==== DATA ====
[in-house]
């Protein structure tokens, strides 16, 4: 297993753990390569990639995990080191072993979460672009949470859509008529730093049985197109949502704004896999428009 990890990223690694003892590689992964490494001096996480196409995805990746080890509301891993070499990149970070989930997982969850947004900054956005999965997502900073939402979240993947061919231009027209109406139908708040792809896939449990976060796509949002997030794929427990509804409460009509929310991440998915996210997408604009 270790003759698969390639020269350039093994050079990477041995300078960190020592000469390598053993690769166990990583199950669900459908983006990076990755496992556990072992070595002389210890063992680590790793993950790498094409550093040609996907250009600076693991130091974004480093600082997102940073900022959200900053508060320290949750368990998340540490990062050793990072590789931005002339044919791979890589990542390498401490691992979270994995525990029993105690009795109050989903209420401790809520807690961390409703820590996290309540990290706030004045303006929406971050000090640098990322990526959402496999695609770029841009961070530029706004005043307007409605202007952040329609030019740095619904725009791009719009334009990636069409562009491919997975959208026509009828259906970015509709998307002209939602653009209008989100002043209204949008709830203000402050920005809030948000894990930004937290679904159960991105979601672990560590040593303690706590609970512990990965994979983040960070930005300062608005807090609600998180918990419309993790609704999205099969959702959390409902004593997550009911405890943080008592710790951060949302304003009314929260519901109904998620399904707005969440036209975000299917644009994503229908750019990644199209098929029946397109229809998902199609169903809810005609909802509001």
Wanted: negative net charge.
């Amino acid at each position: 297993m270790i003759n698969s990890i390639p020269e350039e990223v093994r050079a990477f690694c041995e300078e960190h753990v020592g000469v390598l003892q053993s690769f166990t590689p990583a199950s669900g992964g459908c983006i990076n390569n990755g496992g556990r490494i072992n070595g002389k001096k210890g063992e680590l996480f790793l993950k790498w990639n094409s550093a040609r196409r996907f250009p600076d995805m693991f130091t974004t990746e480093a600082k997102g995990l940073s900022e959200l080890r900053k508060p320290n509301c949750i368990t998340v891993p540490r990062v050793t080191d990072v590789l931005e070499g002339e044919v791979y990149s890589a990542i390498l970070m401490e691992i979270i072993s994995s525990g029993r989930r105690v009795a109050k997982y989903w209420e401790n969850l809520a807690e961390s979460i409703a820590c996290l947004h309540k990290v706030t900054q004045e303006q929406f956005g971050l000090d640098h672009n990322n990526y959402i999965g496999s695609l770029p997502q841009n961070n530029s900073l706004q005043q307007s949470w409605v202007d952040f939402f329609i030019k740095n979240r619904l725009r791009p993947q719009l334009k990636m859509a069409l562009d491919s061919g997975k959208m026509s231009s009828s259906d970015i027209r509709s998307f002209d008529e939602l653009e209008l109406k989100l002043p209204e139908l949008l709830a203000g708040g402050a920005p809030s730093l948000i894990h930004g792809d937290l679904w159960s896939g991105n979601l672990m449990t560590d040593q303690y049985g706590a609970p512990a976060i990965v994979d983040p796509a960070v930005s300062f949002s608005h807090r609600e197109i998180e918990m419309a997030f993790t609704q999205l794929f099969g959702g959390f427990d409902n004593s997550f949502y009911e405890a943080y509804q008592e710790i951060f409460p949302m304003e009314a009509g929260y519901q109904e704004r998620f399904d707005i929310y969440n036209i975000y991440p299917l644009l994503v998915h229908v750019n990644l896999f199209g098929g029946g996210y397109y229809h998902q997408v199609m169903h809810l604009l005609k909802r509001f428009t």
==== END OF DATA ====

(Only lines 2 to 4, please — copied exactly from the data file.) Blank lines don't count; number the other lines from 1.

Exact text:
């Protein structure tokens, strides 16, 4: 297993753990390569990639995990080191072993979460672009949470859509008529730093049985197109949502704004896999428009 990890990223690694003892590689992964490494001096996480196409995805990746080890509301891993070499990149970070989930997982969850947004900054956005999965997502900073939402979240993947061919231009027209109406139908708040792809896939449990976060796509949002997030794929427990509804409460009509929310991440998915996210997408604009 270790003759698969390639020269350039093994050079990477041995300078960190020592000469390598053993690769166990990583199950669900459908983006990076990755496992556990072992070595002389210890063992680590790793993950790498094409550093040609996907250009600076693991130091974004480093600082997102940073900022959200900053508060320290949750368990998340540490990062050793990072590789931005002339044919791979890589990542390498401490691992979270994995525990029993105690009795109050989903209420401790809520807690961390409703820590996290309540990290706030004045303006929406971050000090640098990322990526959402496999695609770029841009961070530029706004005043307007409605202007952040329609030019740095619904725009791009719009334009990636069409562009491919997975959208026509009828259906970015509709998307002209939602653009209008989100002043209204949008709830203000402050920005809030948000894990930004937290679904159960991105979601672990560590040593303690706590609970512990990965994979983040960070930005300062608005807090609600998180918990419309993790609704999205099969959702959390409902004593997550009911405890943080008592710790951060949302304003009314929260519901109904998620399904707005969440036209975000299917644009994503229908750019990644199209098929029946397109229809998902199609169903809810005609909802509001």
Wanted: negative net charge.
């Amino acid at each position: 297993m270790i003759n698969s990890i390639p020269e350039e990223v093994r050079a990477f690694c041995e300078e960190h753990v020592g000469v390598l003892q053993s690769f166990t590689p990583a199950s669900g992964g459908c983006i990076n390569n990755g496992g556990r490494i072992n070595g002389k001096k210890g063992e680590l996480f790793l993950k790498w990639n094409s550093a040609r196409r996907f250009p600076d995805m693991f130091t974004t990746e480093a600082k997102g995990l940073s900022e959200l080890r900053k508060p320290n509301c949750i368990t998340v891993p540490r990062v050793t080191d990072v590789l931005e070499g002339e044919v791979y990149s890589a990542i390498l970070m401490e691992i979270i072993s994995s525990g029993r989930r105690v009795a109050k997982y989903w209420e401790n969850l809520a807690e961390s979460i409703a820590c996290l947004h309540k990290v706030t900054q004045e303006q929406f956005g971050l000090d640098h672009n990322n990526y959402i999965g496999s695609l770029p997502q841009n961070n530029s900073l706004q005043q307007s949470w409605v202007d952040f939402f329609i030019k740095n979240r619904l725009r791009p993947q719009l334009k990636m859509a069409l562009d491919s061919g997975k959208m026509s231009s009828s259906d970015i027209r509709s998307f002209d008529e939602l653009e209008l109406k989100l002043p209204e139908l949008l709830a203000g708040g402050a920005p809030s730093l948000i894990h930004g792809d937290l679904w159960s896939g991105n979601l672990m449990t560590d040593q303690y049985g706590a609970p512990a976060i990965v994979d983040p796509a960070v930005s300062f949002s608005h807090r609600e197109i998180e918990m419309a997030f993790t609704q999205l794929f099969g959702g959390f427990d409902n004593s997550f949502y009911e405890a943080y509804q008592e710790i951060f409460p949302m304003e009314a009509g929260y519901q109904e704004r998620f399904d707005i929310y969440n036209i975000y991440p299917l644009l994503v998915h229908v750019n990644l896999f199209g098929g029946g996210y397109y229809h998902q997408v199609m169903h809810l604009l005609k909802r509001f428009t």